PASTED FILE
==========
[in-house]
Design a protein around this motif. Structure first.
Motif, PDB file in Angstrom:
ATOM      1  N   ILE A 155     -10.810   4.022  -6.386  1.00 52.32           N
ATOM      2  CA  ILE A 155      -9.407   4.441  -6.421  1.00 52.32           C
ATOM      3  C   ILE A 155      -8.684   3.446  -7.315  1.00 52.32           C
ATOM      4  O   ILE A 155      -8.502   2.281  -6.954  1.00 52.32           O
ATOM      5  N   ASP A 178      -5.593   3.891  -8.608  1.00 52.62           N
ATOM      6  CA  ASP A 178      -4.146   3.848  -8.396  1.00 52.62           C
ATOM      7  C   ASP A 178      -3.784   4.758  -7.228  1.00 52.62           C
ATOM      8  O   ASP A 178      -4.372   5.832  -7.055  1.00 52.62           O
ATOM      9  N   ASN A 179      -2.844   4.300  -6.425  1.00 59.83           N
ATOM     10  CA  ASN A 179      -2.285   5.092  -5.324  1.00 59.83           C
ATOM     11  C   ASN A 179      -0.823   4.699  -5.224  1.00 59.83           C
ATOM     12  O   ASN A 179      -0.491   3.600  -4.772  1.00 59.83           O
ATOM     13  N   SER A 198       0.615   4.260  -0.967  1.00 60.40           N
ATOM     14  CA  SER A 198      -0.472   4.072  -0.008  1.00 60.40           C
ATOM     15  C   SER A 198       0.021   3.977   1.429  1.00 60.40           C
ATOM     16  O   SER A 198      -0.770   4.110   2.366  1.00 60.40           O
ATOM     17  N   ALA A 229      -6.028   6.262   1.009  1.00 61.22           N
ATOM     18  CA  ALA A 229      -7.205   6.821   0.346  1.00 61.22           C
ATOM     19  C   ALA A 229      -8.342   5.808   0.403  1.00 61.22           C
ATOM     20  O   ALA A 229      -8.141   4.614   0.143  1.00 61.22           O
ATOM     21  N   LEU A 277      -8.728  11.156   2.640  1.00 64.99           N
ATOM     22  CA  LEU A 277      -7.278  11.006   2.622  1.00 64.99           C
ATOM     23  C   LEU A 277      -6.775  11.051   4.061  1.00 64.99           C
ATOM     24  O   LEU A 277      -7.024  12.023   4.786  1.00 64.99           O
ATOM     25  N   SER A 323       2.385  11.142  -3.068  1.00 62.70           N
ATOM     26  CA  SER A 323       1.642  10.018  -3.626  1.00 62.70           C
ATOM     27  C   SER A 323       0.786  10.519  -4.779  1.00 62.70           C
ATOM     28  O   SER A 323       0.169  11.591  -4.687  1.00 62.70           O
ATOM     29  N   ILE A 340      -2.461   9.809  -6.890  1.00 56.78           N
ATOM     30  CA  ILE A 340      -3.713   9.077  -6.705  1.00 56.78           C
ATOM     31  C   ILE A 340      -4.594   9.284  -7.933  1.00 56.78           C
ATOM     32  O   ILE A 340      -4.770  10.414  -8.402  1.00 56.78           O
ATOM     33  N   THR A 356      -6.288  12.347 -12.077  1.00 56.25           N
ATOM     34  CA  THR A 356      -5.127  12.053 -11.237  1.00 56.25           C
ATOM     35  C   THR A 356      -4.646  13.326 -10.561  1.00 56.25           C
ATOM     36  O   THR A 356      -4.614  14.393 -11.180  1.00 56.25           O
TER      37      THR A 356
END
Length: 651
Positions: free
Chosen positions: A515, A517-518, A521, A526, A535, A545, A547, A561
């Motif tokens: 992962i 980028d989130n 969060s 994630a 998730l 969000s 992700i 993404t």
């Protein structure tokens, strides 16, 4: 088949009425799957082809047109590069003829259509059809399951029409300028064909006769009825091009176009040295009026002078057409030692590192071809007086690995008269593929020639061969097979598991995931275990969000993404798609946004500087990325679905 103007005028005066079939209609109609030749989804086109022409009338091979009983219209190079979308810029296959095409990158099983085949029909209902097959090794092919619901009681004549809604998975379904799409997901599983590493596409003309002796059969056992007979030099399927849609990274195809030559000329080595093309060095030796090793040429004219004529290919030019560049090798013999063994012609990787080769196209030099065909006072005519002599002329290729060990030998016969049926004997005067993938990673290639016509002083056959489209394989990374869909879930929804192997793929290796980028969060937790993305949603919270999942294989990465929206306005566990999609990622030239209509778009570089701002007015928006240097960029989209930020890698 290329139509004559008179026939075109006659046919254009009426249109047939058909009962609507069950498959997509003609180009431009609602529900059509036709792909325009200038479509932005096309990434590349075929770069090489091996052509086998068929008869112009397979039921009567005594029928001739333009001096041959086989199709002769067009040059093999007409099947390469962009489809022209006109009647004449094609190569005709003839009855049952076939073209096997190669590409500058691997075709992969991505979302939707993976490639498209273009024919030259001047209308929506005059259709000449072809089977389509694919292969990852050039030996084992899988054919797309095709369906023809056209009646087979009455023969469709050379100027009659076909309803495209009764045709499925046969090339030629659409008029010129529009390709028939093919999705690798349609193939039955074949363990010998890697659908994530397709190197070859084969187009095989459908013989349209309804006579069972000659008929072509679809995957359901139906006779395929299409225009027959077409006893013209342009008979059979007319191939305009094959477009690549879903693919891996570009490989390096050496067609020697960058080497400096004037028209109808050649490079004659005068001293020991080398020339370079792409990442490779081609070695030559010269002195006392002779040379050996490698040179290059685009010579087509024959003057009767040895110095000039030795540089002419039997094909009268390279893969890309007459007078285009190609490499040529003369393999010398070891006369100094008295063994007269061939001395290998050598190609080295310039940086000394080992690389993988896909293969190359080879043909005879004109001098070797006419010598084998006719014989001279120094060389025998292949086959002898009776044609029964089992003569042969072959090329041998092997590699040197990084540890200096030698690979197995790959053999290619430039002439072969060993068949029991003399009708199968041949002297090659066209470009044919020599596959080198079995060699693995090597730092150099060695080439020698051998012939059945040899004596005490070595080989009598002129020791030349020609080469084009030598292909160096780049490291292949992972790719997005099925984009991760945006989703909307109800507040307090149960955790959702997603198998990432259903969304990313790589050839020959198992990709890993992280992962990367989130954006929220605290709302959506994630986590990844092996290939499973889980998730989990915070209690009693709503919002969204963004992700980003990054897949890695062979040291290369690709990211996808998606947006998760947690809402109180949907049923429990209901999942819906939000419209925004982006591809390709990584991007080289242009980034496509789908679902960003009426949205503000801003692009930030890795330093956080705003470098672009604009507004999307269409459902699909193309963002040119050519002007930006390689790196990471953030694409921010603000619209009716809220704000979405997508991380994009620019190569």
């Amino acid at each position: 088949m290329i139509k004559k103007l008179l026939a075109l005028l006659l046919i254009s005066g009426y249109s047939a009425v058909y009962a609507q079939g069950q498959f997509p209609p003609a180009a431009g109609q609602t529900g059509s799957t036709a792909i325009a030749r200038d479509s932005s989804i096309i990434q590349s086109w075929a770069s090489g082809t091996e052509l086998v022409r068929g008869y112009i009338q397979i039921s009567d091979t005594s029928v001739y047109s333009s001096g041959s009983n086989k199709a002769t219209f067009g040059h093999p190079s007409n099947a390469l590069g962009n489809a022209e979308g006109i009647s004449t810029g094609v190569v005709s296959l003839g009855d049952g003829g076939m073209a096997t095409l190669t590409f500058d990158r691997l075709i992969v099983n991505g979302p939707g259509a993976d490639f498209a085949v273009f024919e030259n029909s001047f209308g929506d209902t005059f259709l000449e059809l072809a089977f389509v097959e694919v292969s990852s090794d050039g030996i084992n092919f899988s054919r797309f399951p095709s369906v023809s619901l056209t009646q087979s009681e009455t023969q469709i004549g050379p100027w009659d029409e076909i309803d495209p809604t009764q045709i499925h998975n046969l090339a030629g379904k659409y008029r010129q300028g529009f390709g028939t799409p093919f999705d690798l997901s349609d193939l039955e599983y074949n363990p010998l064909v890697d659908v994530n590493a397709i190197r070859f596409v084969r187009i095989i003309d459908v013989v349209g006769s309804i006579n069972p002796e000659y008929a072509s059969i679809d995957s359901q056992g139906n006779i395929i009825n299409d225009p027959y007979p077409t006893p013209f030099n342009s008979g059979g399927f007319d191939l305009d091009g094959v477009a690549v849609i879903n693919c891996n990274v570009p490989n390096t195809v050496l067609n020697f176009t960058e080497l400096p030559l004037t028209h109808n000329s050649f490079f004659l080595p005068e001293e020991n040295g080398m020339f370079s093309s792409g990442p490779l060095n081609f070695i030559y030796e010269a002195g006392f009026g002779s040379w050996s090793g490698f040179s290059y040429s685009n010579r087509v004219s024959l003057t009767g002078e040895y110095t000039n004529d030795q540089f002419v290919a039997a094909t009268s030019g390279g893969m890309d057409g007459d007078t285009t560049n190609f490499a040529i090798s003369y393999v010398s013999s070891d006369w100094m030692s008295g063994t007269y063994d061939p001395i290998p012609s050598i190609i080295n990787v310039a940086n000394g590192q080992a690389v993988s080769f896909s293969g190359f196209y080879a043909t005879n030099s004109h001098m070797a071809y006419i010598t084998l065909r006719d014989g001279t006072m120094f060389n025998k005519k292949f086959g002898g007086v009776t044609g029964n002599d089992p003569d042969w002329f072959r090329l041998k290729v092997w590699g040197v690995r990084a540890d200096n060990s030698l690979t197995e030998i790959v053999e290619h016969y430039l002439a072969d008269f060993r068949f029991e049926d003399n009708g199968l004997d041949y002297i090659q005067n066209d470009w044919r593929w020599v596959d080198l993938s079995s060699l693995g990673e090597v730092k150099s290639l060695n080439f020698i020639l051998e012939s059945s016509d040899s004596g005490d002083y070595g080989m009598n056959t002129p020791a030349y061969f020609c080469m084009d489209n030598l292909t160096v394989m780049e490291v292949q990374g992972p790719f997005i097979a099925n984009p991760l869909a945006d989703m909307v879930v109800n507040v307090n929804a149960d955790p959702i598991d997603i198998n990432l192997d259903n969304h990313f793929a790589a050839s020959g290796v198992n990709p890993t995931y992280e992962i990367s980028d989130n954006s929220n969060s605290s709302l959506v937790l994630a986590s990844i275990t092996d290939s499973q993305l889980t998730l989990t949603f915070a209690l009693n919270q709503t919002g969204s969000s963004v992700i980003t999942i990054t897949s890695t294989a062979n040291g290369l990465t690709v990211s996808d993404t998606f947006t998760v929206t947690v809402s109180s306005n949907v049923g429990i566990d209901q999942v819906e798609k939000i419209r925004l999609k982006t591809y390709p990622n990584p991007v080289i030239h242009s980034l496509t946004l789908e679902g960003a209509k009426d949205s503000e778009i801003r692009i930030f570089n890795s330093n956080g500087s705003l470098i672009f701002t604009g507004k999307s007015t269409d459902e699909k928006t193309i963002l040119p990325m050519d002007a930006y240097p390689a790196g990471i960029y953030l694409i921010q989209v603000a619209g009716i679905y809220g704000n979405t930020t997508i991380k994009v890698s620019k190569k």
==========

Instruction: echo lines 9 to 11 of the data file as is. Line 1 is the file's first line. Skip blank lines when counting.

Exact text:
ATOM      6  CA  ASP A 178      -4.146   3.848  -8.396  1.00 52.62           C
ATOM      7  C   ASP A 178      -3.784   4.758  -7.228  1.00 52.62           C
ATOM      8  O   ASP A 178      -4.372   5.832  -7.055  1.00 52.62           O